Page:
The following days brought blistering hot weather (the coolest months are July and August- our spring is their “summer”); great food (yucca fries are our new go to); some of the best live music we have heard in years (actually, the only live music we have heard in years); and a renewed admiration for entrepreneurial tenacity (salespeople detecting a brief glance at their wares, bundling up shoes, sunglasses, carved wooden statues or paintings in blankets, and following us for blocks, surrounding us when we paused,  and boldly unfurling their mobile stores on a competitor’s patch of ground in the hopes of selling us a trinket).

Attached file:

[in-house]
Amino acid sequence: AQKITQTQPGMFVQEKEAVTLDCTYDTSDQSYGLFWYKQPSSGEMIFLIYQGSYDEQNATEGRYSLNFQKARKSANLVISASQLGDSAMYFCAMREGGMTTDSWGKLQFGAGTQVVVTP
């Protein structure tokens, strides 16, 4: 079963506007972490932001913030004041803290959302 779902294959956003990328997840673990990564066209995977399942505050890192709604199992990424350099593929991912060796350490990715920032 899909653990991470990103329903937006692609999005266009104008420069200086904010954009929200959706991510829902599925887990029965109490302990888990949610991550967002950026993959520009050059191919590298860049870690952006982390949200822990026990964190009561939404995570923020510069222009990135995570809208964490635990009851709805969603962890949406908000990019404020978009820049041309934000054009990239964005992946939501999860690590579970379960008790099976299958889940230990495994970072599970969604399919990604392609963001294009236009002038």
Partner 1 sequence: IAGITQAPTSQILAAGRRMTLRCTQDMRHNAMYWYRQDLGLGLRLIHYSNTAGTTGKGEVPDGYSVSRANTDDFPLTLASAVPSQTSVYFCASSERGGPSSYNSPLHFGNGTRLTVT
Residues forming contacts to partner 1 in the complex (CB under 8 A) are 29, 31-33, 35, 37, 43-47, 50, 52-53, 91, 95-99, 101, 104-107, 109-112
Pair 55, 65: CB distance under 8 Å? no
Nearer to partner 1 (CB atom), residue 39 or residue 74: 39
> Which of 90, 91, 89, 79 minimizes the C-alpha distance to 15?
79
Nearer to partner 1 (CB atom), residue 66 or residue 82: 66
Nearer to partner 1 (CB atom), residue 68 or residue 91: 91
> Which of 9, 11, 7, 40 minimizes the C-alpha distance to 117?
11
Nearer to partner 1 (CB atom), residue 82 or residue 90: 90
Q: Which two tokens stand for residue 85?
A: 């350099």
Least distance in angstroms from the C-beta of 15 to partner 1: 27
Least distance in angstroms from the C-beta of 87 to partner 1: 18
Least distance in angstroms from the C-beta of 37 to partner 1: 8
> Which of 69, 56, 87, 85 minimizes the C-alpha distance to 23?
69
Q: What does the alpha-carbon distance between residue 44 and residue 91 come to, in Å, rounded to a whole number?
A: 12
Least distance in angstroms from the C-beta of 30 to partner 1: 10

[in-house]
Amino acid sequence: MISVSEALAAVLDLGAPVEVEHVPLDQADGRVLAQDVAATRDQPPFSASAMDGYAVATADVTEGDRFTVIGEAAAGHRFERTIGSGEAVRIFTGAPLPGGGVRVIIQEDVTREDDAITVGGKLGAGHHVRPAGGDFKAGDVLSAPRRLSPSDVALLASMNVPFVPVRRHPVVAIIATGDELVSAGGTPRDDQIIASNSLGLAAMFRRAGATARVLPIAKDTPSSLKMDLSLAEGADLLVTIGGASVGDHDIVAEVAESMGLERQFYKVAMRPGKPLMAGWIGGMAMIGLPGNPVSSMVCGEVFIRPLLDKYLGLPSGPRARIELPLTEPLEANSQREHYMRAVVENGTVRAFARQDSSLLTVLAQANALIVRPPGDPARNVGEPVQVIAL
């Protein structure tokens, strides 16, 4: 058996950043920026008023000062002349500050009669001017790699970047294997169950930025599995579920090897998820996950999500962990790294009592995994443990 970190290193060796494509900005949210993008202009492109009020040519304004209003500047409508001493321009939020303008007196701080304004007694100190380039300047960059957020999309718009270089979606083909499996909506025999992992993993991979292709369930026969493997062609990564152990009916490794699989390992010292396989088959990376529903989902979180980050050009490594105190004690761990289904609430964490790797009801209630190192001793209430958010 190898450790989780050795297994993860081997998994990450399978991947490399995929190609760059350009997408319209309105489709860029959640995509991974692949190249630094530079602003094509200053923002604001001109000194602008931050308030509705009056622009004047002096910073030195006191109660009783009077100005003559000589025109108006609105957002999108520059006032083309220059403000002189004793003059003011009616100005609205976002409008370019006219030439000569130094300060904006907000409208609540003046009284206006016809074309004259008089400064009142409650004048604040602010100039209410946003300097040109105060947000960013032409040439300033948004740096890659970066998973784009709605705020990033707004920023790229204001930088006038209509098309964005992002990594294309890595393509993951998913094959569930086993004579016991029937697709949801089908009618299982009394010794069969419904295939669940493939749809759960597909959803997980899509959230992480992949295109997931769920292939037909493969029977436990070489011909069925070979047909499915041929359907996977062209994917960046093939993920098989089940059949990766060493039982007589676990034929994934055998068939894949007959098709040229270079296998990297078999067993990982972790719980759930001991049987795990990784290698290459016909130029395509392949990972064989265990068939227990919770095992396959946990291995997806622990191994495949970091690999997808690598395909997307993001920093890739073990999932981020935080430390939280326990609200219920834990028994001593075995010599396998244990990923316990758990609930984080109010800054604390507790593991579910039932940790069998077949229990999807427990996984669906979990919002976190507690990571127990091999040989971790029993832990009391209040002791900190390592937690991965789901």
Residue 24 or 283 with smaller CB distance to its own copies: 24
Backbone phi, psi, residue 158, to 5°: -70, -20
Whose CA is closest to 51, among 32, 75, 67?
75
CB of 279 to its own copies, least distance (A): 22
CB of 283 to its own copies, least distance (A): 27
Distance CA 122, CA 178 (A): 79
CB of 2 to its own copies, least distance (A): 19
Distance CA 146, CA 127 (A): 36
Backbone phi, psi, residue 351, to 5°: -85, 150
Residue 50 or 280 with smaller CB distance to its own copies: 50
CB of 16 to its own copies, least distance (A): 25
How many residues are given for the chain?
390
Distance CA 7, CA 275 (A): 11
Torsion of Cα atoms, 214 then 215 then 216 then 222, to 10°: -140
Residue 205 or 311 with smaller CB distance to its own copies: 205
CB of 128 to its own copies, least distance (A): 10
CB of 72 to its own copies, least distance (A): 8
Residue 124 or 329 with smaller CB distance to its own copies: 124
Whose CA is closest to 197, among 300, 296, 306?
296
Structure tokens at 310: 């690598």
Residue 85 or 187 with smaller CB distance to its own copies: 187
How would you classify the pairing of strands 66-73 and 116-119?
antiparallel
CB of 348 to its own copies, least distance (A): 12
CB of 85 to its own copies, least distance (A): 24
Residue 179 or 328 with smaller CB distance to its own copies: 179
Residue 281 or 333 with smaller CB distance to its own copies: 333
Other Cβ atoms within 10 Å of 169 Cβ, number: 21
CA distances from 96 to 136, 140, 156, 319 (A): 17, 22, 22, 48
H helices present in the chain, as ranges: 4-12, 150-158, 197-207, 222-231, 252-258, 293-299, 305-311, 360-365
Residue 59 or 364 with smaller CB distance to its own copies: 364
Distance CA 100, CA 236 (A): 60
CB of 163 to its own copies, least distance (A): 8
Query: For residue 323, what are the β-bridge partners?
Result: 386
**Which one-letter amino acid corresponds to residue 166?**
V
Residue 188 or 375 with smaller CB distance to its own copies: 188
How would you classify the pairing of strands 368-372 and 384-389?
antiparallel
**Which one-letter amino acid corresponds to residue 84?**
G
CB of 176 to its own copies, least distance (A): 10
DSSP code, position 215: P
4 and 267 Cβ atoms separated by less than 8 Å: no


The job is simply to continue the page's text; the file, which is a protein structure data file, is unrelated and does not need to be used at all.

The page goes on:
The next day, while Keith spent time with his daughter who was studying at the University of Accra, I hopped in a van with friends old (a Montclair couple that  arrived the night before) and new (an assortment of people from England  that included my friend’s coworker, the founder of a girls  STEM school in Accra, and a famous British comedian) to visit Elmina Castle, the first European slave-trading post in sub-saharan Africa.  Corrugated metal huts, soft green rolling hills, lively conversation and the passing of the snack bag that Keith had thoughtful provided, were constants on the meandering 3+ hour drive along the coast.